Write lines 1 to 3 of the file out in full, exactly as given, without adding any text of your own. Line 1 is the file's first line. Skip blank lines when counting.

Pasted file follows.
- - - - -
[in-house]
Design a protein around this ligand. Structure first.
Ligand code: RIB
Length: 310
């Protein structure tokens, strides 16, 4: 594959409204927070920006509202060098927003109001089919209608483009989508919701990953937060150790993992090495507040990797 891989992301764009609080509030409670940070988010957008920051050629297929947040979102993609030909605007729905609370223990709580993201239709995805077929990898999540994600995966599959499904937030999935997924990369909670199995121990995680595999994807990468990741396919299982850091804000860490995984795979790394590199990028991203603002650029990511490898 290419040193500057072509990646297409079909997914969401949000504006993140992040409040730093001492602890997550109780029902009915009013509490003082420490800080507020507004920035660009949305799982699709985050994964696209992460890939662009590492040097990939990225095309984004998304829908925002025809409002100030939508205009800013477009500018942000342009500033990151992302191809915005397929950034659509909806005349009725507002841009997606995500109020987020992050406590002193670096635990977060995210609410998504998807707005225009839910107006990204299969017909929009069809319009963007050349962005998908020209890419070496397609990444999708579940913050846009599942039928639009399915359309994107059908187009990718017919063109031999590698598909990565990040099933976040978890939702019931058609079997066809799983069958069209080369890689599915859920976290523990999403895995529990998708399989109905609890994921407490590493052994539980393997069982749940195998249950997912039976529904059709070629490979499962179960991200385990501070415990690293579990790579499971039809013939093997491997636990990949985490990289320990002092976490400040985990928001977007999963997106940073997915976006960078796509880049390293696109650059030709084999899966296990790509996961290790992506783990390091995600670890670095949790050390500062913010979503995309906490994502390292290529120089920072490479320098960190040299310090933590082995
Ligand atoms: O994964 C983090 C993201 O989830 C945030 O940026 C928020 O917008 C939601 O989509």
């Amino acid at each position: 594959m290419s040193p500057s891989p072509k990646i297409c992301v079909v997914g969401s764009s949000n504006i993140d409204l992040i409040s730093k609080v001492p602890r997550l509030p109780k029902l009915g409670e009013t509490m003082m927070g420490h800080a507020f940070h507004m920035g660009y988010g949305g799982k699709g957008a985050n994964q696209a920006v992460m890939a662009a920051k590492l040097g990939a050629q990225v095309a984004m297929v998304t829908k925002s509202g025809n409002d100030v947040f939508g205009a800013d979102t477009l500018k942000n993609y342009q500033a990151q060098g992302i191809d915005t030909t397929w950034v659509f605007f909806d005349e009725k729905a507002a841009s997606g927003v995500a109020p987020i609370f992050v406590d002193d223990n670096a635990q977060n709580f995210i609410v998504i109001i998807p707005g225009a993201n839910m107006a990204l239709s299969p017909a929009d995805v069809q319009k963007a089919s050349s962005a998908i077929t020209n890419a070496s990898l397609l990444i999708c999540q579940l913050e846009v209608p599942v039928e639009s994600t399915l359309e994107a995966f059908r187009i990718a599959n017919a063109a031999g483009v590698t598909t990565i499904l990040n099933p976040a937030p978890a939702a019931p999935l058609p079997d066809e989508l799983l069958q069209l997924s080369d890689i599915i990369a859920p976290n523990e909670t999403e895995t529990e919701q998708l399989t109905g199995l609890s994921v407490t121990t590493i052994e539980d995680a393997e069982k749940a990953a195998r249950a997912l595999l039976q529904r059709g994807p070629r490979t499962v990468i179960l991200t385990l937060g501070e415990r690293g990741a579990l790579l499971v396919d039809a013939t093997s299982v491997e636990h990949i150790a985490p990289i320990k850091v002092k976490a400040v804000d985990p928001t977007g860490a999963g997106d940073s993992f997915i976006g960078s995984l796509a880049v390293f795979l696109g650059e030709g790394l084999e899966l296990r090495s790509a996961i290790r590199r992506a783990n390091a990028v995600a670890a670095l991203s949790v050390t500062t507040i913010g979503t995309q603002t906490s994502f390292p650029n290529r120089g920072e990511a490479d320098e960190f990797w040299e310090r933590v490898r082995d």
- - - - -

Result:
[in-house]
Design a protein around this ligand. Structure first.
Ligand code: RIB